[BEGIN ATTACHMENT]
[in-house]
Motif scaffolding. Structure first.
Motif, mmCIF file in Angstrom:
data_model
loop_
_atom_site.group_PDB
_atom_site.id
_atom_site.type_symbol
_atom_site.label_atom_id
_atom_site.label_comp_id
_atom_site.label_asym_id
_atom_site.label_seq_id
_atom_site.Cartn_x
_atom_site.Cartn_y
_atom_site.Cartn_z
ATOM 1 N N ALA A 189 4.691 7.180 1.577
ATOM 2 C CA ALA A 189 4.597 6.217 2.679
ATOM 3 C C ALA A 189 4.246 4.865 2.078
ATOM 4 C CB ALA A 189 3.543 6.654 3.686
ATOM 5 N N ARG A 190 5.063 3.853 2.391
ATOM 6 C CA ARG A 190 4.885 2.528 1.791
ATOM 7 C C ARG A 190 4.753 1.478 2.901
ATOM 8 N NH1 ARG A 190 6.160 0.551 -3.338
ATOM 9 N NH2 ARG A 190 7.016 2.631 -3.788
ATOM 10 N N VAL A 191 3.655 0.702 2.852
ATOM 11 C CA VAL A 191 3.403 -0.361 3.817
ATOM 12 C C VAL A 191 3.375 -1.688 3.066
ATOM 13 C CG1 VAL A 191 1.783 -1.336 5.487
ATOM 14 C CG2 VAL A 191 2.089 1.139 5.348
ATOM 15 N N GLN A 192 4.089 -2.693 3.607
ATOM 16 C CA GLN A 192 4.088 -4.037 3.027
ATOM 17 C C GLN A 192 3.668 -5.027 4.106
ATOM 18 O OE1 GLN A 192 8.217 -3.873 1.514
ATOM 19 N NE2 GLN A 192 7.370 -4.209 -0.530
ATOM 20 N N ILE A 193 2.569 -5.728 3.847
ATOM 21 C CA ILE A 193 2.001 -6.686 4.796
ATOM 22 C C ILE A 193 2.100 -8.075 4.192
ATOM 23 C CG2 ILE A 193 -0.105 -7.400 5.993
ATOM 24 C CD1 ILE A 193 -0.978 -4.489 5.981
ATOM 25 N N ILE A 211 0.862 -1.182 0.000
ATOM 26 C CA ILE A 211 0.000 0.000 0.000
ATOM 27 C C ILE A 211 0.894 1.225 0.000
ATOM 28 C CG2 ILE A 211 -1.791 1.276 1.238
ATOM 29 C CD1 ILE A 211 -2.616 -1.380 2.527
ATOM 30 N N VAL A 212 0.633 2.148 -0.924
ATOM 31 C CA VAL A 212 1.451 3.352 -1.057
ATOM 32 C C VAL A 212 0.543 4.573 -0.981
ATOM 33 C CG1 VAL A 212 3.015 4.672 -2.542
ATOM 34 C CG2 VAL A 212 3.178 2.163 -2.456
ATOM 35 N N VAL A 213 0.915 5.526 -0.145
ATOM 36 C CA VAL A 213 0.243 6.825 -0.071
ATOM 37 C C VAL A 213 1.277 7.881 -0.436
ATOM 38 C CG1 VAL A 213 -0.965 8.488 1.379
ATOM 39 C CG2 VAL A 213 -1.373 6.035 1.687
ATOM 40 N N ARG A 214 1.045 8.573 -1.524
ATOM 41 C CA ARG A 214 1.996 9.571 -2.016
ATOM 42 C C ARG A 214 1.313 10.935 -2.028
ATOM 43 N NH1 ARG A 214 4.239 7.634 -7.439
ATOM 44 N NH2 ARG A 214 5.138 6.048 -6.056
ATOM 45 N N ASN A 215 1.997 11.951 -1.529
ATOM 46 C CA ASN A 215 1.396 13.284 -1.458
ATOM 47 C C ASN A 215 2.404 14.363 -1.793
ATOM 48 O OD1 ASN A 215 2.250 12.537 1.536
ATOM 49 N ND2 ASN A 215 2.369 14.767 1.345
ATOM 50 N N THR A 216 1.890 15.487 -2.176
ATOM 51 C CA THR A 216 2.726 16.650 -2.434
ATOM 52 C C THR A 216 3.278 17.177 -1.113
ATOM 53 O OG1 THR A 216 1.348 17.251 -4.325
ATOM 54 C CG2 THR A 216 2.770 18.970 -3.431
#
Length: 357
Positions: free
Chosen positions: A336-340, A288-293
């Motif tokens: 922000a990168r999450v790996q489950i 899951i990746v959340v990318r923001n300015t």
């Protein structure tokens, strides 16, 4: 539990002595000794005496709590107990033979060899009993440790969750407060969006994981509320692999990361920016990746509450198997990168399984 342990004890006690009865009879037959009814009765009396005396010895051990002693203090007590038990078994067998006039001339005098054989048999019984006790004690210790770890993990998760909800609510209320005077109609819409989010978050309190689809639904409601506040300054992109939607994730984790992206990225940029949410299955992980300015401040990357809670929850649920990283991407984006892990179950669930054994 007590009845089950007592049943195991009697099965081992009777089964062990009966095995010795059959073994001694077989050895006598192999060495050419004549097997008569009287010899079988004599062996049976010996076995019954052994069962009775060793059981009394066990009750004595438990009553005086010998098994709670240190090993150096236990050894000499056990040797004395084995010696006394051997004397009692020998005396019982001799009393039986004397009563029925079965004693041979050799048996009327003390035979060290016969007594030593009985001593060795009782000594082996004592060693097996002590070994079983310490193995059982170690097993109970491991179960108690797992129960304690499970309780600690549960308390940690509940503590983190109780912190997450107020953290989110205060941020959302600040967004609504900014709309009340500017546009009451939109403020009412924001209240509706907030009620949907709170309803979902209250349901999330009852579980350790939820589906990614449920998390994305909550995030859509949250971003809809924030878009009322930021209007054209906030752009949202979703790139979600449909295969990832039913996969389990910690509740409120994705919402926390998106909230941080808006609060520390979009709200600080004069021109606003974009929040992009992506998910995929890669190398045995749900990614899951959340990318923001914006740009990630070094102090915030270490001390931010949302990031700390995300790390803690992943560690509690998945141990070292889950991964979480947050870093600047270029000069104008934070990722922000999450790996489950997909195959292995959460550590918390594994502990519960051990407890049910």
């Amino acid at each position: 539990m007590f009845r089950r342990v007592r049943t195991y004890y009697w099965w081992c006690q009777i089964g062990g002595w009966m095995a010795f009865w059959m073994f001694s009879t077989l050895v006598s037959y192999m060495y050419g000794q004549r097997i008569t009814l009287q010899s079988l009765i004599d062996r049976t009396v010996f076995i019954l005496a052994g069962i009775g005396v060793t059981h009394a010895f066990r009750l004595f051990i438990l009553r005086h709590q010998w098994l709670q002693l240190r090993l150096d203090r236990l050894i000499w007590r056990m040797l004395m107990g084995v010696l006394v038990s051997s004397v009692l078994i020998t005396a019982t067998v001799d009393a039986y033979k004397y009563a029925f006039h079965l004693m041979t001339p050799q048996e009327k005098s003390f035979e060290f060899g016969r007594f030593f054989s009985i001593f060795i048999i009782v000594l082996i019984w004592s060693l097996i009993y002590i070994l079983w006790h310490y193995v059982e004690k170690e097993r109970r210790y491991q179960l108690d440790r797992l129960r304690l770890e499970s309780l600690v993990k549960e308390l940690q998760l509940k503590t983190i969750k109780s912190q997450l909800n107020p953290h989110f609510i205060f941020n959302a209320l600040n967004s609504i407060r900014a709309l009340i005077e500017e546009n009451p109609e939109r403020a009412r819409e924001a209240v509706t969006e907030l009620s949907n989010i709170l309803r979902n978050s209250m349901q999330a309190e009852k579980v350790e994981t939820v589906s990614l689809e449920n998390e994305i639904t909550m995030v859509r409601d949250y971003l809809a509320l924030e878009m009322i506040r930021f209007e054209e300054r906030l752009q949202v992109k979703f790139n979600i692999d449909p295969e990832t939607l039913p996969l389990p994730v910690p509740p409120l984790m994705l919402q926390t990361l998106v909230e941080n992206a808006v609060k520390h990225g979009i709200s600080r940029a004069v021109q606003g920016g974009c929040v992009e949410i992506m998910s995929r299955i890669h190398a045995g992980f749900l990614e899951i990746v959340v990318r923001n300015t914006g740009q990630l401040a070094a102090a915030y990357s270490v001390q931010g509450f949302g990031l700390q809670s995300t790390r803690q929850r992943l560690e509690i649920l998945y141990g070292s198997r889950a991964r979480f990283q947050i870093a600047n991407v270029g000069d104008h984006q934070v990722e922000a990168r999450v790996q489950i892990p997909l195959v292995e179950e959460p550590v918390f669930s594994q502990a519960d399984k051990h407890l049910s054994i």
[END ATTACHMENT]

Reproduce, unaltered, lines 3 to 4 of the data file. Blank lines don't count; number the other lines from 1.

Motif, mmCIF file in Angstrom:
data_model